Critical Mass is an event typically held on the last Friday of every month in cities around the world where bicyclists take to the streets en masse. While the ride was originally founded with the idea of drawing attention to how unfriendly the city was to bicyclists, the leaderless structure of Critical Mass makes it impossible to assign it any one specific goal. In fact, the purpose of Critical Mass is not formalized beyond the direct action of meeting at a set location and time and traveling as a group through city streets. Download high resolution version (1024x768, 182 KB) Wikipedia does not have an article with this exact name. ... Download high resolution version (1024x768, 182 KB) Wikipedia does not have an article with this exact name. ... This page is a candidate for speedy deletion. ... For other uses of critical mass, see critical mass (disambiguation). ... is the 119th day of the year (120th in leap years) in the Gregorian calendar. ... Year 2005 (MMV) was a common year starting on Saturday (link displays full calendar) of the Gregorian calendar. ... For other uses of critical mass, see critical mass (disambiguation). ... For other uses, see City (disambiguation). ... For other uses, see World (disambiguation). ... For the Canadian urban guerrilla group Direct Action, see Squamish Five. ...


Midnight Ridazz is a massive established bicycle ride in Los Angeles based on recreational activism. The ride incorporates themes and ride routes designed to maximize fun and comraderie without any overt political agenda that might fracture the group of diverse riders. The one goal of Midnight Ridazz is to have fun riding a bike and thus inspire others to ride and have fun as well. Midnight Ridazz is a group ride that celebrates bicycle culture in Los Angeles. ...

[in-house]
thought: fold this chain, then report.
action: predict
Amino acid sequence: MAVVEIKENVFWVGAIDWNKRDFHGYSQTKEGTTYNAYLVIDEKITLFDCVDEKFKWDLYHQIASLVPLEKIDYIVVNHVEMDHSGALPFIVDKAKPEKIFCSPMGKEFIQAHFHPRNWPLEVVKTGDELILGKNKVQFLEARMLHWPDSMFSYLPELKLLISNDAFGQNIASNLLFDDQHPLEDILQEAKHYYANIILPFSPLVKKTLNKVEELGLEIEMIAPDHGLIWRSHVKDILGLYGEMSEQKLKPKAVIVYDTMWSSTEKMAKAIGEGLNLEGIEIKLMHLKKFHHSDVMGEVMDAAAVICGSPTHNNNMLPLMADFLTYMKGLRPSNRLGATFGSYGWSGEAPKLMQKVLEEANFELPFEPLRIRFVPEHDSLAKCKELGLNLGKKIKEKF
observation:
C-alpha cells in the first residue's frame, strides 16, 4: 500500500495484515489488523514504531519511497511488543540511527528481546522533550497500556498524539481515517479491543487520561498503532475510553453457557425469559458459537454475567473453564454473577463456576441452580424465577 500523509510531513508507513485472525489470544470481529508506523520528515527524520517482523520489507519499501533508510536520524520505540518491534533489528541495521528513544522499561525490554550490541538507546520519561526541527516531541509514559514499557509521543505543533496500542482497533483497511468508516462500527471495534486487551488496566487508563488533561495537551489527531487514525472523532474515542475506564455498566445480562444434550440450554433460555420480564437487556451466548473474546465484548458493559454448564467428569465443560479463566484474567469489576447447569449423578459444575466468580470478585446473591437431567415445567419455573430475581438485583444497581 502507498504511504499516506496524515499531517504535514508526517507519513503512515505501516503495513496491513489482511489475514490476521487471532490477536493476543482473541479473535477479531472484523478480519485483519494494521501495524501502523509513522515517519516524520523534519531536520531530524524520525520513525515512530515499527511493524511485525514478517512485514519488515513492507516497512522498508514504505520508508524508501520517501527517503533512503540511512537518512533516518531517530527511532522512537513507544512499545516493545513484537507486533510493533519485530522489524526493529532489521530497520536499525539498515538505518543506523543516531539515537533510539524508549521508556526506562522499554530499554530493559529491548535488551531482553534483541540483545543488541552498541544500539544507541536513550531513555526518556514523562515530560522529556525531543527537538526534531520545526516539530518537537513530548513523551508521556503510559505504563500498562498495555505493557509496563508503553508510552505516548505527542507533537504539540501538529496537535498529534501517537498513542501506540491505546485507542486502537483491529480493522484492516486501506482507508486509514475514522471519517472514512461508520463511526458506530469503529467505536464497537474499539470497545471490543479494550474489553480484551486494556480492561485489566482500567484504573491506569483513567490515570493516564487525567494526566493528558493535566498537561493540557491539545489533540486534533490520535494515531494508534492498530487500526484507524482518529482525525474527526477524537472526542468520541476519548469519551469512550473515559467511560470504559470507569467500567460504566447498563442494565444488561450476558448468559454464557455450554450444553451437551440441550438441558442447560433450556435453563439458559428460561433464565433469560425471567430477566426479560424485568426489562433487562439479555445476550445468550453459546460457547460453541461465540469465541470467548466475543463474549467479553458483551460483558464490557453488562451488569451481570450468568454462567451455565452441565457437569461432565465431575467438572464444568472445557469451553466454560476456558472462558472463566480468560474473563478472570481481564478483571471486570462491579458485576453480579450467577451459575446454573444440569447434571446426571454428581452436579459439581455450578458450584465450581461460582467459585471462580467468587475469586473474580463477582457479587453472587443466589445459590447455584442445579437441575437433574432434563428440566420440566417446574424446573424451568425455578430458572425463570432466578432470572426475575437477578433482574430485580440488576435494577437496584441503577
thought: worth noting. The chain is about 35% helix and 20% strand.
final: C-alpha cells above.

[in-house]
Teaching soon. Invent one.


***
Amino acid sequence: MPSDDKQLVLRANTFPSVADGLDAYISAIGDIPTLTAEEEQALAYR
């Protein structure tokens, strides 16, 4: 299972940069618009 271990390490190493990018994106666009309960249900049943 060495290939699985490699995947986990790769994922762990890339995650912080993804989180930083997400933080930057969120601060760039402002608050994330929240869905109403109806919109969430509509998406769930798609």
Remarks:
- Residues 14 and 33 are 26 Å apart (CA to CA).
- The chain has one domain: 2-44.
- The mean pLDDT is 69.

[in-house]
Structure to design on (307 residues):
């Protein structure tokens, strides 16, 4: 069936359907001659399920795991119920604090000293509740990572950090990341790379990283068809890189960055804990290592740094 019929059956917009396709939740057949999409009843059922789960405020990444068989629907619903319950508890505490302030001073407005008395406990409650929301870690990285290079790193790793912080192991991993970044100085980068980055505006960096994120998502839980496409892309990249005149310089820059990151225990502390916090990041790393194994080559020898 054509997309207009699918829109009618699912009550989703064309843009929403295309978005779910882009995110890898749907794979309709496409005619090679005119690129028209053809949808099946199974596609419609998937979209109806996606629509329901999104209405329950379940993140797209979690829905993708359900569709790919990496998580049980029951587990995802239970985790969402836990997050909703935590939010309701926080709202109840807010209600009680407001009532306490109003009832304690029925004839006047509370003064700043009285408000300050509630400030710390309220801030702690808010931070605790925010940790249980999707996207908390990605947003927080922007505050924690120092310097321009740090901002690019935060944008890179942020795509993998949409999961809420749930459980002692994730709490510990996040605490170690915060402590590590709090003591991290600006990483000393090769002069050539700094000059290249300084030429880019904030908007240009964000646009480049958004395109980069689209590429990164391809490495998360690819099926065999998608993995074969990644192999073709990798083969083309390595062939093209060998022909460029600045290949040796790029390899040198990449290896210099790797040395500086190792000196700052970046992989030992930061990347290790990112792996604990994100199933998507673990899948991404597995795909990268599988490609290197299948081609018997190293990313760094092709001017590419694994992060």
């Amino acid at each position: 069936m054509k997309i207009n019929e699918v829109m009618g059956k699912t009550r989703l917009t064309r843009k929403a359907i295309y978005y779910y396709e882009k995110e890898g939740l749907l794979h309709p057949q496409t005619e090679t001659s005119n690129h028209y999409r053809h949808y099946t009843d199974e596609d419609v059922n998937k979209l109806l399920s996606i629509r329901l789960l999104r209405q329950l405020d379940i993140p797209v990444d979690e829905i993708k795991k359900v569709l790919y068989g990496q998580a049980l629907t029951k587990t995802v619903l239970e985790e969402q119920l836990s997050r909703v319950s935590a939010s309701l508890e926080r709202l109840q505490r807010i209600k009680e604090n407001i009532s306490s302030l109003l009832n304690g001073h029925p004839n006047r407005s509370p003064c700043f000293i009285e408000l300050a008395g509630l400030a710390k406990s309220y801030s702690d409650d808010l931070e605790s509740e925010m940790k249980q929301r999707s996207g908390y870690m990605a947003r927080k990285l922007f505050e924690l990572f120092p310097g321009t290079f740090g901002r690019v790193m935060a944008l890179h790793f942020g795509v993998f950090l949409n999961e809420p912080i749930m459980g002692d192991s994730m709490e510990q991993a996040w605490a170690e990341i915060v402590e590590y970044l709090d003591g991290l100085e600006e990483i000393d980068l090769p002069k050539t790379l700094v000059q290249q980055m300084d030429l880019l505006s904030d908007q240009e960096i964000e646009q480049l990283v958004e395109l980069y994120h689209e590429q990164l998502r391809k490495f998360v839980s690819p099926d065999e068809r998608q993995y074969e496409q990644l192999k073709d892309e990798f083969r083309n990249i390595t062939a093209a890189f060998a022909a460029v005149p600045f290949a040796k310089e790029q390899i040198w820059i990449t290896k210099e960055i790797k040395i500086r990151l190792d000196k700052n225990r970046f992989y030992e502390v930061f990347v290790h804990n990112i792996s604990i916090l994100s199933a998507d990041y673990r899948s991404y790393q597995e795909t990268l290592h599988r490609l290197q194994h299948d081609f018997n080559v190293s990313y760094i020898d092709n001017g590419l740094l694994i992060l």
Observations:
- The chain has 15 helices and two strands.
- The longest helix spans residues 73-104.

There is a long-running cycle helmet debate among activists. The most heated controversy surrounds the topic of compulsory helmet use. Bicycle helmet A bicycle helmet is a helmet intended to be worn while riding a bicycle. ... Bicycle helmet A bicycle helmet is a helmet intended to be worn while riding a bicycle. ...


Associations

Cyclists form associations, both for specific interests (trails development, road maintenance, urban design, racing clubs, touring clubs, etc.) and for more global goals (energy conservation, pollution reduction, promotion of fitness). Some bicycle clubs and national associations became prominent advocates for improvements to roads and highways. In the United States, the League of American Wheelmen lobbied for the improvement of roads in the last part of the 19th century, founding and leading the national Good Roads Movement. Their model for political organization, as well as the paved roads for which they argued, facilitated the growth of the automobile. For the physical concepts, see conservation of energy and energy efficiency. ... The League of American Wheelmen (LAW) is the historic name of the organization now known as the League of American Bicyclists (LAB). ... Between 1880 and 1916, advocates for improved roads led by bicyclists turned local agitation into a national political movement. ...


Health

Cyclists crossing Kansas
Cyclists crossing Kansas

Bicycles are commonly used by people seeking to improve their fitness and cardiovascular health. In this regard, bicycling is especially helpful for those with arthritis of the lower limbs and who are unable to pursue sports such as running that involve more impact to joints such as the knees. Furthermore, since cycling can be used as a form of transportation, there can be less demand for self-discipline to maintain the exercise because of the practical purpose of the activity. This article is about the U.S. state. ... Arthritis (from Greek arthro-, joint + -itis, inflammation; plural: arthritides) is a group of conditions where there is damage caused to the joints of the body. ...